The Best Quiet Practice Drum Set

Drummers don’t have it easy. Practicing and keeping the volume low is a unique challenge every drummer will face at one point or another. Although many options are available for keeping the volume level low, I am still on the quest for the perfect “quiet drum set“.

Initially, I tried using drum mutes and cymbal mutes on a standard drum set. They felt unnatural and had no rebound.  I felt that it made me work harder and I would end up playing very tensely. Drum mutes and cymbal mutes have improved in recent years. If you want to make your acoustic drums quiet, these are be your best choice. I highly recommend Vic Firth Drum & Cymbal Mutes (affiliate link).

Just a side note: One of my drum teachers (who shall remain nameless) actually put briefs (underwear) over the cymbals to mute them. As entertaining as it was, it kinda worked.

A few years ago, I discovered mesh drumheads, which are extremely quiet drum heads. They were similar to the heads used on electronic drums. I liked them because you could actually hear the tones of the different drums. Although they were great for keeping the volume low, I easily broke though the heads on a regular basis.

I currently practice at home on a Gibraltar GPo8 Powerrack Pad Outfit (affiliate link). It takes up a small amount of space. I had to purchase a separate bass drum pedal and drum throne. I also added a hi-hat cymbal stand, hi-hat cymbals, and a hi-hat mute to use with the Gibraltar GPo8 Powerrack Pad Outfit (affiliate link). This has given me quiet practice setup that emulates an actual acoustic drum set.

Practicing on the Gibraltar GPo8 Powerrack Pad Outfit (affiliate link) combined with using my acoustic drums has actually helped me to make some significant improvements in my drumming. The drum pad set forces me to focus on precision and to really visualize the sounds that I want to come out of the instrument. When I practice on my acoustic drum set, I get to refine the sounds and feels that I have worked on at home.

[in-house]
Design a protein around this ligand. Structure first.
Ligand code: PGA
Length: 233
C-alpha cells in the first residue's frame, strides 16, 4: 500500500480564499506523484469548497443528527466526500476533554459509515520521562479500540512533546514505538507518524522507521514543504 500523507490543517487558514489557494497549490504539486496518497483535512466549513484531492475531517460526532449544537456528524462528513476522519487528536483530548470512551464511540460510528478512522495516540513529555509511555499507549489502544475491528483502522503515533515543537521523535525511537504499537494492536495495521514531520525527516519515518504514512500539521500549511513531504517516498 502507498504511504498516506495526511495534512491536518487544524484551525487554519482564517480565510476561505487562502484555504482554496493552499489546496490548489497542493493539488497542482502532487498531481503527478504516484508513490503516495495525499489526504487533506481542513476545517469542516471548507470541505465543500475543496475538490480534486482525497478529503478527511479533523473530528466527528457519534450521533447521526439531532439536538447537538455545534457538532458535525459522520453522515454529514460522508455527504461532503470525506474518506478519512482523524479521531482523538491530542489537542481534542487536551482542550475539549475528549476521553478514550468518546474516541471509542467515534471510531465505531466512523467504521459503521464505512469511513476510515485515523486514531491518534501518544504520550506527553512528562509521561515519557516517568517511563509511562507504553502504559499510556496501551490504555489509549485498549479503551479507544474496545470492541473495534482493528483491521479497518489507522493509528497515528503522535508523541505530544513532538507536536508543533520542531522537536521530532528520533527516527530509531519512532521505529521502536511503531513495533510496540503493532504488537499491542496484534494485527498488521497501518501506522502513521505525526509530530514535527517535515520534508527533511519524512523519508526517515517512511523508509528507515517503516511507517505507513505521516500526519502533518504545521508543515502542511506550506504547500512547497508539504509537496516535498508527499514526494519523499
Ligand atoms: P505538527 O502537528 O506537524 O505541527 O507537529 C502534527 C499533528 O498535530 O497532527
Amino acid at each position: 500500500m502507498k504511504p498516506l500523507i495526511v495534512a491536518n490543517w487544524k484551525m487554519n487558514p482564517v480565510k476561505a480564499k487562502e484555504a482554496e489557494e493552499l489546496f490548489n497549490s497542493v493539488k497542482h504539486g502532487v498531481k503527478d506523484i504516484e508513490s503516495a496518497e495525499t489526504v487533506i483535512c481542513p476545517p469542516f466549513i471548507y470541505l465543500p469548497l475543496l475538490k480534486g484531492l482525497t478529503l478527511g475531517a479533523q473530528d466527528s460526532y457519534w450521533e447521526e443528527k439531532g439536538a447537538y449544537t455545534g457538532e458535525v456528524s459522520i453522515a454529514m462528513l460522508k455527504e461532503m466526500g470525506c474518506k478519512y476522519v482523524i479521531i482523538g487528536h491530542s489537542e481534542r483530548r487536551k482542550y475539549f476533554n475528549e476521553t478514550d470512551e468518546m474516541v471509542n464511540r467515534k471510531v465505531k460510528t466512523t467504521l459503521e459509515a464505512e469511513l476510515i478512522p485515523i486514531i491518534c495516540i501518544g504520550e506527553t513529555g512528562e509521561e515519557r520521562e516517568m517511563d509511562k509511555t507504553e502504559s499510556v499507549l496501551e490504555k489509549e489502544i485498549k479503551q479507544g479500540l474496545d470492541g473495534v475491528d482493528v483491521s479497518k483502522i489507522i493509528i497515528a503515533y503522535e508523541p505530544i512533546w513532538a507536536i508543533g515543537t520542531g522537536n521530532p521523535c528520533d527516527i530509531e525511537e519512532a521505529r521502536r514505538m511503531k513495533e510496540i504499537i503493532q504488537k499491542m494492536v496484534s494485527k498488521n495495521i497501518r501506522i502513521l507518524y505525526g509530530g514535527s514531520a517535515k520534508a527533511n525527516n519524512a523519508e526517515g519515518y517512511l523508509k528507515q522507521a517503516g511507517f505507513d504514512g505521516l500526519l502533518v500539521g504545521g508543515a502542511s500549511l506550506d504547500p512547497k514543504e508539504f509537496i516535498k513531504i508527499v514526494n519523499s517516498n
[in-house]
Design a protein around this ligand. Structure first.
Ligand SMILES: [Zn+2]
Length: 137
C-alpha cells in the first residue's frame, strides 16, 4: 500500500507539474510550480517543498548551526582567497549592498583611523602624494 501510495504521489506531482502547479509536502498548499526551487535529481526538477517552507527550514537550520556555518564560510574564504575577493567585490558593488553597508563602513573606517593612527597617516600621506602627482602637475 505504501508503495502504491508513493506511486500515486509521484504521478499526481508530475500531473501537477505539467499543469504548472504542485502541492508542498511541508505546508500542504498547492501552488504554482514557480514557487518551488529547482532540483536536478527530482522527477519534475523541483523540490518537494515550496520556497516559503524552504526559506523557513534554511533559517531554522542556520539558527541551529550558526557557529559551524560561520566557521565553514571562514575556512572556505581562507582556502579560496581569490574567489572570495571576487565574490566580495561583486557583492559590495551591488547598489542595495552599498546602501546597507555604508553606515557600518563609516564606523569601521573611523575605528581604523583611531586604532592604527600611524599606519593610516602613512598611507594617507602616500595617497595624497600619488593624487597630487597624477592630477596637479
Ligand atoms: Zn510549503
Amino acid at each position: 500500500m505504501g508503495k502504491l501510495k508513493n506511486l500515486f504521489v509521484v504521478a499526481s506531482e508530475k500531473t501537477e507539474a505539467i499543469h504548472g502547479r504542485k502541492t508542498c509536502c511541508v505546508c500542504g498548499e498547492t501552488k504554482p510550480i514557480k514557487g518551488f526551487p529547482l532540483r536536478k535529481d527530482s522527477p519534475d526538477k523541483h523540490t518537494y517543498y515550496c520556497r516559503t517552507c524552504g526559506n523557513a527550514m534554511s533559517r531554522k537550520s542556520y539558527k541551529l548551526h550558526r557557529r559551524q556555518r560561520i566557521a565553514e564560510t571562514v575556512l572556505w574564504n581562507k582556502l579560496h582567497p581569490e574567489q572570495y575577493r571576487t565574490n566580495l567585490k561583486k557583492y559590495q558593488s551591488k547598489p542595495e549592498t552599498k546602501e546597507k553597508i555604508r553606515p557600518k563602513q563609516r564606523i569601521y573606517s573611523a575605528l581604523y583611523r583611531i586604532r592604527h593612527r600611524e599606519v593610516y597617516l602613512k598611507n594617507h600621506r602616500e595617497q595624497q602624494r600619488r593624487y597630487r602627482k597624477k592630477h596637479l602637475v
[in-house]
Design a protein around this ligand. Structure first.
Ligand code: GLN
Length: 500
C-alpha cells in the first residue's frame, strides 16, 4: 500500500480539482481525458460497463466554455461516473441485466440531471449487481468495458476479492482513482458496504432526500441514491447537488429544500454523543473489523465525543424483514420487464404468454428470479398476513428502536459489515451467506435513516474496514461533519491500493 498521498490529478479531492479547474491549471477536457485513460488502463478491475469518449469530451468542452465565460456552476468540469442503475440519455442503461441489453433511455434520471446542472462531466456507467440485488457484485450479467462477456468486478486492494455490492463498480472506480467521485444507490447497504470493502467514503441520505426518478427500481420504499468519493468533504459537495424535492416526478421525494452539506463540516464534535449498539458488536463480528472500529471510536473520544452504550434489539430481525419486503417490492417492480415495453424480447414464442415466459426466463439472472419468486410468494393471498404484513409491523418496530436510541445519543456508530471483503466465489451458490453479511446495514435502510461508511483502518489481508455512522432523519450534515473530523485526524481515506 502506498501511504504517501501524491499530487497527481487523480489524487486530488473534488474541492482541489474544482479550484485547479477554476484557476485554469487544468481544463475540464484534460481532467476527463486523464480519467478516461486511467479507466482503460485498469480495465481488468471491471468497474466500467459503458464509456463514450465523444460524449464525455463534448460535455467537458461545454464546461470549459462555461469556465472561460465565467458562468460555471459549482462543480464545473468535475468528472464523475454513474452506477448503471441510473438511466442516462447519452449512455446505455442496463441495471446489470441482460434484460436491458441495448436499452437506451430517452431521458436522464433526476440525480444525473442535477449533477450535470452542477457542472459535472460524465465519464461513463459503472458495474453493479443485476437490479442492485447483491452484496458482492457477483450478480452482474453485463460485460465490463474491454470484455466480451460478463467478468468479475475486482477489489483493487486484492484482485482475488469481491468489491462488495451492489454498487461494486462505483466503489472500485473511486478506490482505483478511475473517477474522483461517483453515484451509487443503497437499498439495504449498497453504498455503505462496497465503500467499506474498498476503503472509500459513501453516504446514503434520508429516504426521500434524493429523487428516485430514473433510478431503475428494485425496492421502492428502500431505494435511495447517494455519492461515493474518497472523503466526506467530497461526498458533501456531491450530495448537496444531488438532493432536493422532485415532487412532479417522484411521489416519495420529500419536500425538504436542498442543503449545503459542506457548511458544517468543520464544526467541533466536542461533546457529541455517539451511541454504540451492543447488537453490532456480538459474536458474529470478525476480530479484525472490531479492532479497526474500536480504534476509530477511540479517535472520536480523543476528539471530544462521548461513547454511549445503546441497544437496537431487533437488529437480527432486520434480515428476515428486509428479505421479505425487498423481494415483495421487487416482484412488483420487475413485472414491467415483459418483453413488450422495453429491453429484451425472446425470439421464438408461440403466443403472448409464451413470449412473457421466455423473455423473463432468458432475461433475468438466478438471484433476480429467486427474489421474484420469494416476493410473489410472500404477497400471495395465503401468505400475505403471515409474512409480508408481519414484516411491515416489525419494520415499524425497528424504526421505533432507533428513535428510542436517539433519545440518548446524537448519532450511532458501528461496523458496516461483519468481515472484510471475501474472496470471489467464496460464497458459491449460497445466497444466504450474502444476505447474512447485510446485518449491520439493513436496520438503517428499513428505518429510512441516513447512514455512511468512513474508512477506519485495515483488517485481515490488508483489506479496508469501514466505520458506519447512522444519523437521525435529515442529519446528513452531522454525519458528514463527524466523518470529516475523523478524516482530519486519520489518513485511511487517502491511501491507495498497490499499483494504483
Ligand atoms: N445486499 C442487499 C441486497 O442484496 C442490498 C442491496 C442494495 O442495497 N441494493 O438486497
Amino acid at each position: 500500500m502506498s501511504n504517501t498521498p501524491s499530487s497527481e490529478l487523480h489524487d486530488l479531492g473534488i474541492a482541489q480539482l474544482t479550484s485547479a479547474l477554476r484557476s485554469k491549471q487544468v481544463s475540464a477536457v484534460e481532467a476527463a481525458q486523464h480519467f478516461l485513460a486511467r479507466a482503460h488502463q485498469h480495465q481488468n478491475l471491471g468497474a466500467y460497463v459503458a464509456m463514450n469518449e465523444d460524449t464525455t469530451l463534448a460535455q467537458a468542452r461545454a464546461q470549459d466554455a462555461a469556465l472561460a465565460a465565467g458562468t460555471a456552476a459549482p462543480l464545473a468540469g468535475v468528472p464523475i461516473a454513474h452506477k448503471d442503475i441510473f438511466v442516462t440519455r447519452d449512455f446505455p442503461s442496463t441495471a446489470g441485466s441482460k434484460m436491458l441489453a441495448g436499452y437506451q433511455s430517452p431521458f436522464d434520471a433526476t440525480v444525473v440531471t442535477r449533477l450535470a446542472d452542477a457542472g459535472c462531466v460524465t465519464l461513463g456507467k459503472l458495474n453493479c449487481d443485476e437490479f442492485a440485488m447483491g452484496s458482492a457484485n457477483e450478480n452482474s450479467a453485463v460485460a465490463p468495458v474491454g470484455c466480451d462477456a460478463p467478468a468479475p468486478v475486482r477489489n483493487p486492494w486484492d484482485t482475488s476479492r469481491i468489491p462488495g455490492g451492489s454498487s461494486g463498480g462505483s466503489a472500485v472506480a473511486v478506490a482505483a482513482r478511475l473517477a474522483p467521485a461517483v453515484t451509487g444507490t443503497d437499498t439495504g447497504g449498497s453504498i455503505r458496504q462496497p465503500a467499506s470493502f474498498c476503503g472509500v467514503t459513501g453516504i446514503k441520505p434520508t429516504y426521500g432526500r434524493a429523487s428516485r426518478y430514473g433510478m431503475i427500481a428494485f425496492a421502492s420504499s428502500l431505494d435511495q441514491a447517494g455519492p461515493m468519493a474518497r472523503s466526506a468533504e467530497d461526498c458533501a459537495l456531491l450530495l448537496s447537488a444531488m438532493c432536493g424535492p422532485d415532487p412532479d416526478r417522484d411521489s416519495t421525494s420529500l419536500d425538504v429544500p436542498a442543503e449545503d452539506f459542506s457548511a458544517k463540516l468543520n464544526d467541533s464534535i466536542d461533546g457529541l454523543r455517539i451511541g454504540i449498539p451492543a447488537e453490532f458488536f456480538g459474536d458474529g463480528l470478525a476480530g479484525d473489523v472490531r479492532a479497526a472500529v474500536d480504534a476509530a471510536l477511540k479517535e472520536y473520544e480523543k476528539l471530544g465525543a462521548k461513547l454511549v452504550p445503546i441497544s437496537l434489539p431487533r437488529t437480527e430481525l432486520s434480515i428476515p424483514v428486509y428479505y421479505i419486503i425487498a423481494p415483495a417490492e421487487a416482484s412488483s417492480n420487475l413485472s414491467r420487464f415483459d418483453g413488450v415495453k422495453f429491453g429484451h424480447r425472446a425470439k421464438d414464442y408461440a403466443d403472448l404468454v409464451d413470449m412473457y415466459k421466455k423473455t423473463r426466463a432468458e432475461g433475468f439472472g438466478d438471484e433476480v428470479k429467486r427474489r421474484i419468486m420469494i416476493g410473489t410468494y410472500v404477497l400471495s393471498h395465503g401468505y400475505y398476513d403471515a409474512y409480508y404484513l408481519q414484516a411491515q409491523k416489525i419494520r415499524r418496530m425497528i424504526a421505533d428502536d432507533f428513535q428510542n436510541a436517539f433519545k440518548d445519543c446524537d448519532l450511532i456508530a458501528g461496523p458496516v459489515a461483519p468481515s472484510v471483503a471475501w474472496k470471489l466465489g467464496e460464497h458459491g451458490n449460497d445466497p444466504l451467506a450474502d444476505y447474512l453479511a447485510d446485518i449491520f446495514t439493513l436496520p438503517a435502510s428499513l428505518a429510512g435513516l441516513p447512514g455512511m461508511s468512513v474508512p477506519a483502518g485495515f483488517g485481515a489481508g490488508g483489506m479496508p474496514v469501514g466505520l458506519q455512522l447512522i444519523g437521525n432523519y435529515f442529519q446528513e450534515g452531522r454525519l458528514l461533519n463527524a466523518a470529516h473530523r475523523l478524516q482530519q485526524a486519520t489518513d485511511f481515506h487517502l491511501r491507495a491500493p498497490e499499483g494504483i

Another choice is an electronic drum set. Electronic drum sets allow you practice quietly, but get real drum sounds. In fact, electronic drums made by Roland and Yamaha sound like acoustic drums. I am partial to Roland, because they feel more like acoustic drums in comparison to Yamaha.

Keep in mind that most electronic drum sets don’t come with a drum throne or bass drum pedal. The best part of having a drum set like this is that you can plug in your headphones and play all night long without disturbing any of your neighbors. There’s even a place to plug an iPod in so you can jam with your favorite music.

If you want the best electronic drum set available,invest in the
Roland TD20SX V-Pro Electronic Drum Set
(affiliate link).

The Best Age to Start Drum Lessons

Best Age to Start Drum Lessons

From time to time, I get calls and emails from people around the country asking about the best age to start drum lessons. There is no right answer to this, but here are some general guidelines that might help you make the right decision for you and your child:

  1. For most children, the best age to start drum lessons is 8 years old. By this age, they are used to the routine of school and doing homework (hopefully). They are also developing a better sense of mind-body awareness by this age.
  2. For children younger than 8 years old, I highly recommend group music classes, such as Kindermusik, where they can interact with other kids. Even if you put your child in an excellent music class, they still might be eager to take private drum lessons.
  3. There are some children, younger than 8 years old, that can handle the focus of private lessons. If you think your child is capable, I would suggest finding a drum teacher in your area and trying it out. Click here to find a drum teacher near you (affiliate link).
  4. To test the waters before investing in private drum lessons, try a professional drum course that shows you
    how to play drums. The The Drumming System (affiliate link) and Learn & Master Drums (affiliate link) are two incredible video drum courses.
  5. Another option is to buy a small, cheap drum set, and let your child just bang away. This can include having them play along to their favorite songs. Although they won’t be learning any formal skills, they will be exploring their own creativity and learn how to be proactive. Many great drummers have started this way.

Ultimately, the choice is yours.

A word of caution: If your child starts taking private drum lessons and is truly unable to stay focused and keep up with practicing, it might turn them off from music completely. Therefore it’s important to be very sensitive to how they respond to lessons, if you decide to go that route.